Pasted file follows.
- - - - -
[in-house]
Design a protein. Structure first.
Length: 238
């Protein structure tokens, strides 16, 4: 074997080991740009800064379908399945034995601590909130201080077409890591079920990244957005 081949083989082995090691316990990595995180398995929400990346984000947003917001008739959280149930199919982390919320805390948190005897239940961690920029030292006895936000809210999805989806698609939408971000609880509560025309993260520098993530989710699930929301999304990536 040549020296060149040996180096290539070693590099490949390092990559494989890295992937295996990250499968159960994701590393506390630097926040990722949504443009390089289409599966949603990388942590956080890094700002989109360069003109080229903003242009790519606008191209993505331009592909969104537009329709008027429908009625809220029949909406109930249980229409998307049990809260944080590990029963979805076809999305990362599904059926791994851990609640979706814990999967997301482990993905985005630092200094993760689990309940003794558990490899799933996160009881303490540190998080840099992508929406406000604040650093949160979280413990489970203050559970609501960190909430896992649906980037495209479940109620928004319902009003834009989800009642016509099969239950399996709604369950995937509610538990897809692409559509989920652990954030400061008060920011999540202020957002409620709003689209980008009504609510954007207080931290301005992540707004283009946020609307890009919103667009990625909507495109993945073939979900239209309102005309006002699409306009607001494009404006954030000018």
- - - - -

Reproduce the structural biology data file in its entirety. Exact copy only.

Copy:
[in-house]
Design a protein. Structure first.
Length: 238
């Protein structure tokens, strides 16, 4: 074997080991740009800064379908399945034995601590909130201080077409890591079920990244957005 081949083989082995090691316990990595995180398995929400990346984000947003917001008739959280149930199919982390919320805390948190005897239940961690920029030292006895936000809210999805989806698609939408971000609880509560025309993260520098993530989710699930929301999304990536 040549020296060149040996180096290539070693590099490949390092990559494989890295992937295996990250499968159960994701590393506390630097926040990722949504443009390089289409599966949603990388942590956080890094700002989109360069003109080229903003242009790519606008191209993505331009592909969104537009329709008027429908009625809220029949909406109930249980229409998307049990809260944080590990029963979805076809999305990362599904059926791994851990609640979706814990999967997301482990993905985005630092200094993760689990309940003794558990490899799933996160009881303490540190998080840099992508929406406000604040650093949160979280413990489970203050559970609501960190909430896992649906980037495209479940109620928004319902009003834009989800009642016509099969239950399996709604369950995937509610538990897809692409559509989920652990954030400061008060920011999540202020957002409620709003689209980008009504609510954007207080931290301005992540707004283009946020609307890009919103667009990625909507495109993945073939979900239209309102005309006002699409306009607001494009404006954030000018």